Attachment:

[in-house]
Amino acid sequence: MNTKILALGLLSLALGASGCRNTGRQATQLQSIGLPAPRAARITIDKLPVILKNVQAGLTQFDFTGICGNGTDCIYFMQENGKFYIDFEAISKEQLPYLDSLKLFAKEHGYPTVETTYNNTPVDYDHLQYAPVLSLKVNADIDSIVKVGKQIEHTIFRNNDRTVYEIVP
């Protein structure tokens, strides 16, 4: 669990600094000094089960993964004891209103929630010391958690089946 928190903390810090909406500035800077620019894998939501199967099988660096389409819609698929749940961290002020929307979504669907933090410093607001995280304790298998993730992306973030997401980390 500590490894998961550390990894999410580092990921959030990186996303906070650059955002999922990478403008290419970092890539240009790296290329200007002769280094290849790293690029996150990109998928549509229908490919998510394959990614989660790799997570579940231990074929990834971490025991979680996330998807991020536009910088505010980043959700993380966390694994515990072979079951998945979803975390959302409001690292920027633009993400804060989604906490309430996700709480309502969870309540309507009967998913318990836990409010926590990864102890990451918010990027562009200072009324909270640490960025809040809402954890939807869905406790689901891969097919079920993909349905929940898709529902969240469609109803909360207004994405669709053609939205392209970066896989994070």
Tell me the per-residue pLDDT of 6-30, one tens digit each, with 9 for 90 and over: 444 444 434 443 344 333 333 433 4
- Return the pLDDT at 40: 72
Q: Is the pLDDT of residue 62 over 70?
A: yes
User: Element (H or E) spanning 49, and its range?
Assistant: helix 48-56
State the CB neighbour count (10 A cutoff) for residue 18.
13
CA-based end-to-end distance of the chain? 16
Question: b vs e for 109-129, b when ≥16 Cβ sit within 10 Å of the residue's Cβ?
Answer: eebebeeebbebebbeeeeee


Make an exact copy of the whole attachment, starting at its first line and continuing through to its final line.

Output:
[in-house]
Amino acid sequence: MNTKILALGLLSLALGASGCRNTGRQATQLQSIGLPAPRAARITIDKLPVILKNVQAGLTQFDFTGICGNGTDCIYFMQENGKFYIDFEAISKEQLPYLDSLKLFAKEHGYPTVETTYNNTPVDYDHLQYAPVLSLKVNADIDSIVKVGKQIEHTIFRNNDRTVYEIVP
């Protein structure tokens, strides 16, 4: 669990600094000094089960993964004891209103929630010391958690089946 928190903390810090909406500035800077620019894998939501199967099988660096389409819609698929749940961290002020929307979504669907933090410093607001995280304790298998993730992306973030997401980390 500590490894998961550390990894999410580092990921959030990186996303906070650059955002999922990478403008290419970092890539240009790296290329200007002769280094290849790293690029996150990109998928549509229908490919998510394959990614989660790799997570579940231990074929990834971490025991979680996330998807991020536009910088505010980043959700993380966390694994515990072979079951998945979803975390959302409001690292920027633009993400804060989604906490309430996700709480309502969870309540309507009967998913318990836990409010926590990864102890990451918010990027562009200072009324909270640490960025809040809402954890939807869905406790689901891969097919079920993909349905929940898709529902969240469609109803909360207004994405669709053609939205392209970066896989994070």
Tell me the per-residue pLDDT of 6-30, one tens digit each, with 9 for 90 and over: 444 444 434 443 344 333 333 433 4
- Return the pLDDT at 40: 72
Q: Is the pLDDT of residue 62 over 70?
A: yes
User: Element (H or E) spanning 49, and its range?
Assistant: helix 48-56
State the CB neighbour count (10 A cutoff) for residue 18.
13
CA-based end-to-end distance of the chain? 16
Question: b vs e for 109-129, b when ≥16 Cβ sit within 10 Å of the residue's Cβ?
Answer: eebebeeebbebebbeeeeee